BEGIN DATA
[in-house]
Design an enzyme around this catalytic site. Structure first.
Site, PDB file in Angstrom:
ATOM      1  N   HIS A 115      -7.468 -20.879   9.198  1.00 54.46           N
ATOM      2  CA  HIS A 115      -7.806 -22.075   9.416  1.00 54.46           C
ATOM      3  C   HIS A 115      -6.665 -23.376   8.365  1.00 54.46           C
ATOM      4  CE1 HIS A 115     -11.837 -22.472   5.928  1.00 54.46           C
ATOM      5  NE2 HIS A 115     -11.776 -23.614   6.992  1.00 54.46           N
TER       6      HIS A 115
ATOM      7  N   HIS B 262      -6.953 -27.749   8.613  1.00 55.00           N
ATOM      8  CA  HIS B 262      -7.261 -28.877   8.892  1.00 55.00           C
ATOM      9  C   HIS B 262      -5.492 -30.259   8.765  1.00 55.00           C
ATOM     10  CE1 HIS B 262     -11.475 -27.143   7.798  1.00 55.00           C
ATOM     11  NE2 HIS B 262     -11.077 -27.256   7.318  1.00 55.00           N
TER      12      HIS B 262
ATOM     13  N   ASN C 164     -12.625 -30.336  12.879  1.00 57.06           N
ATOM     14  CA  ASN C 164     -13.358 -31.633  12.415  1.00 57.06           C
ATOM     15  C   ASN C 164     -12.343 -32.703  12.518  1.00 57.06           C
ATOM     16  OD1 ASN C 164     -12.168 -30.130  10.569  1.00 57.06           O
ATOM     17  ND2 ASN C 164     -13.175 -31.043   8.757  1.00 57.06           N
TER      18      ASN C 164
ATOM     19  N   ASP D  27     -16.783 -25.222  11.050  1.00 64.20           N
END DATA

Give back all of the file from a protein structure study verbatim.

[in-house]
Design an enzyme around this catalytic site. Structure first.
Site, PDB file in Angstrom:
ATOM      1  N   HIS A 115      -7.468 -20.879   9.198  1.00 54.46           N
ATOM      2  CA  HIS A 115      -7.806 -22.075   9.416  1.00 54.46           C
ATOM      3  C   HIS A 115      -6.665 -23.376   8.365  1.00 54.46           C
ATOM      4  CE1 HIS A 115     -11.837 -22.472   5.928  1.00 54.46           C
ATOM      5  NE2 HIS A 115     -11.776 -23.614   6.992  1.00 54.46           N
TER       6      HIS A 115
ATOM      7  N   HIS B 262      -6.953 -27.749   8.613  1.00 55.00           N
ATOM      8  CA  HIS B 262      -7.261 -28.877   8.892  1.00 55.00           C
ATOM      9  C   HIS B 262      -5.492 -30.259   8.765  1.00 55.00           C
ATOM     10  CE1 HIS B 262     -11.475 -27.143   7.798  1.00 55.00           C
ATOM     11  NE2 HIS B 262     -11.077 -27.256   7.318  1.00 55.00           N
TER      12      HIS B 262
ATOM     13  N   ASN C 164     -12.625 -30.336  12.879  1.00 57.06           N
ATOM     14  CA  ASN C 164     -13.358 -31.633  12.415  1.00 57.06           C
ATOM     15  C   ASN C 164     -12.343 -32.703  12.518  1.00 57.06           C
ATOM     16  OD1 ASN C 164     -12.168 -30.130  10.569  1.00 57.06           O
ATOM     17  ND2 ASN C 164     -13.175 -31.043   8.757  1.00 57.06           N
TER      18      ASN C 164
ATOM     19  N   ASP D  27     -16.783 -25.222  11.050  1.00 64.20           N